Ikan Asam Pedas – Love At First Bite
One of the joys for me of living with neighbours of a different race is that I get to learn about their culture and the food that they eat. My nearest neighbour, who is an Indian, cooks curries almost every day and was the one who first introduced me to this fabulous Malay curry called Ikan Asam Pedas (Spicy Tamarind Fish).
One spoonful of the curry stew and I was instantly hooked. Spicy and sour, it was soo appetizing that I practically drank up the curry like a soup and had a second helping of rice; something which I rarely do. I knew I had to get to the bottom of this Asam Pedas recipe!
A classic Malay dish, there are many versions of Asam Pedas as different cooks make their own interpretation of this dish. While this dish is very popular in Malaysia and Indonesia, its exact origin is unclear.
Different spices (eg. addition of bunga kantan, laksa leaves, black pepper, etc) and types of fish may be used but the end result is always the same. Spicy and tart. And that’s the way I love my curries.
Popular choices of fish for this dish include red snapper, ikan pari (stingray), tenggiri (mackerel) and angoli (gold band snapper)and white pomfret. You can use the fillet, tail, head or slices of fish cut thickly.
What You’ll Need
The picture below shows the ingredients to make the curry paste. Please refer to the recipe for the quantity that I used. If you make a bigger batch of the blended paste, it can be refrigerated for about a week and longer in the freezer. So, anytime when you have a craving for Asam Pedas, you have your paste ready to fry. It will save you some preparation time and that is really convenient when you want to whip up this dish quickly on a busy day.
Do all the preparation work for the ingredients so that the cooking process will be much smoother.
The Beautiful and Edible Bunga Kantan (Torch Ginger Flower)
See the flower that is beside the Asam Pedas dish on my main picture. Called bunga kantan (torch ginger flower), it is not merely an ornamental flower but is used in many Asian dishes such as Penang asam laksa, rojak (a popular fruit and vegetable salad dish), sauces and curries. Some recipes call for this torch ginger flower to be used in this dish.
Personally for me, I find that its flavor would be overshadowed by the lemongrass so I did not use it this time. If you wish to use this flower, slice the bud thinly and sprinkle it into your curry for extra flavor. Discard the stalk.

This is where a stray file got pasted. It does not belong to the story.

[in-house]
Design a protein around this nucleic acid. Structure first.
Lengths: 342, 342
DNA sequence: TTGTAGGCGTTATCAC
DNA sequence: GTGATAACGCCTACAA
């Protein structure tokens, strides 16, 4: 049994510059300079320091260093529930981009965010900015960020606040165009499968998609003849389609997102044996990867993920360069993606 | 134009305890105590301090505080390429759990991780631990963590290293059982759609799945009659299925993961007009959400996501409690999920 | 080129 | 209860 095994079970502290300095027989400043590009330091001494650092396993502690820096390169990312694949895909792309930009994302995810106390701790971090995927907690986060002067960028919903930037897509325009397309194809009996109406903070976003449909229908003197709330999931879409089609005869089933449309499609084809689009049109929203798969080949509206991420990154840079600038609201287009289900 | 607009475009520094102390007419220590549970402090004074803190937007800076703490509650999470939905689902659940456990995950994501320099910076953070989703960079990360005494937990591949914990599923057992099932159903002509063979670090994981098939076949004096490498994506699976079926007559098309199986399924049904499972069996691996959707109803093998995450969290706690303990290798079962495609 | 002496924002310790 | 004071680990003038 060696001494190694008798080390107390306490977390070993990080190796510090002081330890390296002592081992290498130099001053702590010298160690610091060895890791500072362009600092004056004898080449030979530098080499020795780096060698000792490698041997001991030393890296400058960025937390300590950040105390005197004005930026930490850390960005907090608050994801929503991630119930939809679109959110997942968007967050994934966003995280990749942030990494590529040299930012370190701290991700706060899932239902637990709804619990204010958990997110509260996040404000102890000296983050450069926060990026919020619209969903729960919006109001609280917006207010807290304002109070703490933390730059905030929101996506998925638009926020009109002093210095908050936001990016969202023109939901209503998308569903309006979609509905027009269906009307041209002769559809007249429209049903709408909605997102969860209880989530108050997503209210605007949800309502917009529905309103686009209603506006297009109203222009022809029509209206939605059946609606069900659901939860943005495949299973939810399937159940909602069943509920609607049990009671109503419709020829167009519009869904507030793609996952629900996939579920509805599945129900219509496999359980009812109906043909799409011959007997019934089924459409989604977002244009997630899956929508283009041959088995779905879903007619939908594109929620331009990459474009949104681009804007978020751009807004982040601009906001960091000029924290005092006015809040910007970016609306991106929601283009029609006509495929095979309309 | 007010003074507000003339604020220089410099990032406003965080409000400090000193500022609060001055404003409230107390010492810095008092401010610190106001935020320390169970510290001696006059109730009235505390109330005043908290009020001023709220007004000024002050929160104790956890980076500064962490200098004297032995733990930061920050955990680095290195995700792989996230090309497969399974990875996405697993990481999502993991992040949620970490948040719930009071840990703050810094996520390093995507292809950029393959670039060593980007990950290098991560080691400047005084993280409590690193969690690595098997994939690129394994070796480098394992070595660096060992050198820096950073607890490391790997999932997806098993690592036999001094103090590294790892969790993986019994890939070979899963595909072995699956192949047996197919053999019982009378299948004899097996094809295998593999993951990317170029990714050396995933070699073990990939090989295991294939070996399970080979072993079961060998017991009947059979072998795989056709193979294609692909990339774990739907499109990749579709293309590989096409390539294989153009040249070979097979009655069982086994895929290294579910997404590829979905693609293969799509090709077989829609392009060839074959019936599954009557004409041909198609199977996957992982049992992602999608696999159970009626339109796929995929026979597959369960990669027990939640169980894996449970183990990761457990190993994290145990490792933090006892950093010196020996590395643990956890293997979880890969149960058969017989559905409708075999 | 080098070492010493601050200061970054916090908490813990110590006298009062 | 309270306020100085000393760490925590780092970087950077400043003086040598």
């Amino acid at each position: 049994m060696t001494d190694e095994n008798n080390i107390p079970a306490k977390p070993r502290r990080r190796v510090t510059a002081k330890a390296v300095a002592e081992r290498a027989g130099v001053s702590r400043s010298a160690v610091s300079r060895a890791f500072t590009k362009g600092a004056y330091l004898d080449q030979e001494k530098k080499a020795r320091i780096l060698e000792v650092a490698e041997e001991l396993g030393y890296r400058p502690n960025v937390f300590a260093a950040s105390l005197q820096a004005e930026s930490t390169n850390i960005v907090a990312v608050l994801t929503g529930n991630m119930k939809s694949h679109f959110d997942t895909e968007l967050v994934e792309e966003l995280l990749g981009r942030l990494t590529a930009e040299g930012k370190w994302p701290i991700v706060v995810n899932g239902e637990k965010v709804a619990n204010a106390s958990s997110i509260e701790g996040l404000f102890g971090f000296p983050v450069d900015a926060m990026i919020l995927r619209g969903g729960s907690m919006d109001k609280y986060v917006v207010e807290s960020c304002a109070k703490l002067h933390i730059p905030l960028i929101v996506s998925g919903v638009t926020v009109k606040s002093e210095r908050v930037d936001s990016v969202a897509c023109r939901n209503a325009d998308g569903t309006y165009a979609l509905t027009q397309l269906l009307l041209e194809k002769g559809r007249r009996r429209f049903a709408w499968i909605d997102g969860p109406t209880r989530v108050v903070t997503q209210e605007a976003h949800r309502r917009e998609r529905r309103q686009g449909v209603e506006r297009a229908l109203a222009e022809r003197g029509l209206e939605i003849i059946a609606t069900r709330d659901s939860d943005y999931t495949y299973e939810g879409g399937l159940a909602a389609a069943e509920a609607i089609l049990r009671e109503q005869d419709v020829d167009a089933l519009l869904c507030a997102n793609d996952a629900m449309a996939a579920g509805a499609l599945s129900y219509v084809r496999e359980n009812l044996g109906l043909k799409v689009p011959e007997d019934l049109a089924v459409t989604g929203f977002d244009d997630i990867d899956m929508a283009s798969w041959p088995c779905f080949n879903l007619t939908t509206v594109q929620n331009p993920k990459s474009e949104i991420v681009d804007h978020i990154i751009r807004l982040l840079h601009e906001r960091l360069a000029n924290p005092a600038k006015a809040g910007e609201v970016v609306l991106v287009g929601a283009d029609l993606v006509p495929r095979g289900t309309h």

Sometimes I see it sold at the vegetable stalls in a market. However, if you can’t find this ginger flower, don’t fret as your dish will still taste great. Read more about this torch ginger plant here.
Blend it!… like Beckham?
Usually, when it comes to spices, I prefer to pound it manually (eg. for the Sambal Belacan) but in this case, I find it is more convenient to just blend it as you want the paste to be very fine. Add a little water into the blender before you blend the spices. The chilli paste in this recipe can also be used for other types of seafood like prawns, squid and also poultry.
Fry, Fry Baby!
Fry the paste until the oil separates from the spices. This oil is now perfumed with all the goodness of the spices and will make the dish taste even better. These spices have to be well cooked to bring out their aroma but be careful not to burn it. Stir constantly and keep a close watch.
I wish you could take a whiff of the frying in progress now. It is SO good! The smell alone is enough to whet my appetite.
I fried all the blended spices in my Happycall Alumite Ceramic Pot; my wonderful kitchen helper. It is a very versatile pot; great for cooking all kinds of dishes from soups, stews to curries.
Taste and season with some salt and sugar before you add the fish and vegetables. I used ladies fingers, brinjal and tomatoes. Don’t overcook them or they will become very soft and mushy.
There are two important things to note when cooking this dish.
1. The spices have to be well fried.
This takes about 10 – 15 minutes depending on how much spices you are using.
2. Don’t Add Too Much Water
Add just enough water to the curry as too much water will cause the dish to become soupy and mute its fiery heat.
The first time I made Asam Pedas, I used 20 dried chillies and it was too spicy for my children. So, I’ve toned down the heat level this time by using about 14. It is moderately spicy for me but my princess said it is still too spicy for her. Sigh… Feel free to adjust the amount of chilies to suit your preference.
The ingredients for this Asam Pedas recipe may seem like a lot but don’t let that deter you from trying out this recipe! If you cook this and plan to make it again, I recommend that you make a bigger batch of the curry paste as it can be refrigerated or kept in the freezer. So the next time, you’ll just have to get the fresh ingredients as you already have your paste.
This spicy and sour fish stew is very addictive and appetizing and if you eat rice, I guarantee you’ll be eating lots of rice with it. I hope this recipe is a keeper for you as it is for me. Please share this post on your social media.
Try this Asam Pedas recipe and let me know what you think. Would you like to stay connected? Subscribe to my newsletter and get the latest updates and new recipes delivered to your inbox. Happy cooking!
- Ingredients A:
- 2 pieces 1-inch thick fish fillet (about 250 g each)- washed and set aside
- 80 g tamarind pulp
- 2 stalks of lemongrass (white part only) – bruised slightly
- 8 - 10 young ladies fingers – keep whole if small and cut half if it is long
- 1 tomato – cut into sections
- 1 small brinjal (eggplant) - cut into quarters horizontally
- 50 g salted vegetables (optional) - cut into1 inch pieces
- Oil for frying - about ½ cup
- ½ tsp turmeric powder
- Salt and sugar – to taste
- Ingredients B (Blend into a fine paste):
- 14 dried chilies - cut each dried chili into 3 sections and boil in a small pot of water till softened. Discard water.
- 3 large red onions OR 15 small shallots – peeled and roughly cut
- 4-5 garlic cloves – peeled and roughly chopped
- 10 g belacan (shrimp paste) - lightly toasted